Familiars on a train

familiars-train
The cast of 'Tales from the Tunnel.' (Photo by Arvind Nayak.)
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If The New York Times' staid Metropolitan Diary dealt with public defecation and anonymous groping, it might read a bit like the script for Tales from the Tunnel, a collection of anecdotes about the subways put together into a play currently running off-Broadway.

Written and directed by James Valletti and Troy Diana, Tales is a collection of true stories about riding the train. The material, easily recognizable to any New Yorker, is at times moving (a menacing thug gives a homeless man the coat off his back), dramatic (an uptown socialite drops her Balenciaga bag on the tracks), or simply gross (any number of passengers drool, puke, piss, and crap on themselves and their neighbors). But most bits are funny, whether they’re about blowjobs on the platform, randy seeing-eye dogs under the seats, or pushy schoolgirls selling candy bars for their volleyball teams.

Six actors tackle dozens of roles in a rapid-fire series of vignettes, some lasting just a few seconds and none more than two or three minutes—basically the time between stops. Playing so many parts without changing costumes (everyone is in jeans and subway-themed T-shirts) means that the performers fall back on broad characterizations to distinguish one scene from the next; speech patterns, gaits, and facial expressions are over-emphasized, and the accents switch from Russian to Indian to Irish to “Brooklyn” faster than you can swipe a fare card. But the cast does an admirable job recreating the crazy mish-mash of humanity that flows through the vascular system of the city: multicultural, multiracial, of varying ages and classes and sexual orientations.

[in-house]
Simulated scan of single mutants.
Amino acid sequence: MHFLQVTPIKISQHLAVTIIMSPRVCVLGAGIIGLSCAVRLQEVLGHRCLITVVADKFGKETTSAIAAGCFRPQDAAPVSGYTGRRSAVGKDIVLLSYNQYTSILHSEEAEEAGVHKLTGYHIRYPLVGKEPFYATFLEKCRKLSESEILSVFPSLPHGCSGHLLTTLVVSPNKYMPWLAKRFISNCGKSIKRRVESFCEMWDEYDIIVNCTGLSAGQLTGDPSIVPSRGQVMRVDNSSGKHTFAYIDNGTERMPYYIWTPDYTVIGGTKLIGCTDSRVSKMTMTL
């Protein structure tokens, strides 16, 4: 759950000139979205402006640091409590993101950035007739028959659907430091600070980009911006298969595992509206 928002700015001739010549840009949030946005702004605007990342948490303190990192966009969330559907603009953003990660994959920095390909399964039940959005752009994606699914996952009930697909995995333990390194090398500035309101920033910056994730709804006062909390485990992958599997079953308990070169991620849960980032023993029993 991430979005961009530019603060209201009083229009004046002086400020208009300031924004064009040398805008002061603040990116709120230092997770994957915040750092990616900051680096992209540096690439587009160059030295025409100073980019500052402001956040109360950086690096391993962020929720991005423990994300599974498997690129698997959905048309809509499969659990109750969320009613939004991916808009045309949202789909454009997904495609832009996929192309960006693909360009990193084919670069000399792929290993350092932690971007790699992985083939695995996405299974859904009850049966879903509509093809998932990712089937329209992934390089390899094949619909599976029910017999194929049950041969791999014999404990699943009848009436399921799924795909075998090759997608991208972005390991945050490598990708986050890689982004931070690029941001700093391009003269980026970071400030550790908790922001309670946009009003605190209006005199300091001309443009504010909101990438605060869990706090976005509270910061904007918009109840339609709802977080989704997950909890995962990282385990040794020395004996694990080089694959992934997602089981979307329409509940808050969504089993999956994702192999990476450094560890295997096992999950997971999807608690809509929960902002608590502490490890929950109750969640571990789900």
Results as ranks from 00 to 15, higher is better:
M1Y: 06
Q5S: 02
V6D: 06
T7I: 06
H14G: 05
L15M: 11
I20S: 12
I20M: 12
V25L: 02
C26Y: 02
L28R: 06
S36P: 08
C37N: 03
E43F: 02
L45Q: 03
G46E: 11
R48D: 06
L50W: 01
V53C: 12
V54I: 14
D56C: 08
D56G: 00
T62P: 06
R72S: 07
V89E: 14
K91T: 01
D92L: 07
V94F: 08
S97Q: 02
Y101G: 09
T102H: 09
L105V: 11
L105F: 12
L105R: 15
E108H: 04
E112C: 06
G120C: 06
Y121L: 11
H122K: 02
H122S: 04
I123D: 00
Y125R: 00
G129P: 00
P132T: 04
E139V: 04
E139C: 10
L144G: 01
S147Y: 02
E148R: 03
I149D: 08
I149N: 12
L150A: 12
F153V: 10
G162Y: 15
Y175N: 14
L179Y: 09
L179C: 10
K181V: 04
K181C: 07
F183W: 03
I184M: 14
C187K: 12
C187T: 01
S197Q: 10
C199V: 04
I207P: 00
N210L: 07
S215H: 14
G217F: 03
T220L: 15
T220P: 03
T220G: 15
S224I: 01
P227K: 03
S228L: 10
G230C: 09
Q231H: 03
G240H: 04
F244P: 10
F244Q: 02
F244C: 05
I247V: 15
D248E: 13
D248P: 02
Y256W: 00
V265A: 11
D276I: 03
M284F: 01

The simple set, consisting of a dozen folding chairs painted MTA yellow and orange, effectively evokes a confined subway car where people brush shoulders—and sometimes more than shoulders. Watching couples make out in the seats, or hearing young men make lewd comments to a woman traveling alone, or seeing stoners mocking everyone around them, you’ll feel like you’re riding the local after a long night out. The stories are comfortably familiar, which is both the show’s strength and its weakness; wringing something fresh out of the material falls to the actors, who largely succeed in finding laughs and even a hint of poignancy.

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Despite a handful of recurring characters—Geri Brown as a hilariously sharp-tongued booth attendant, Wilson Jermaine Heredia (Tony-winner for Rent) as a Dominican immigrant playing “It’s a Long Way to Tipperary” on the accordion—the show doesn’t really have a narrative arc; you could pretty much jump in and jump out at any point in the show without getting lost—kind of like riding the train. Still, Tales from the Tunnel is worth the fare, even if, just as on a real subway ride, it only rarely takes you someplace you haven't already been.

Tales from the Tunnel is showing at the 45 Bleecker Street Theatre. Tickets are $51.50. Call 212-2660-8250.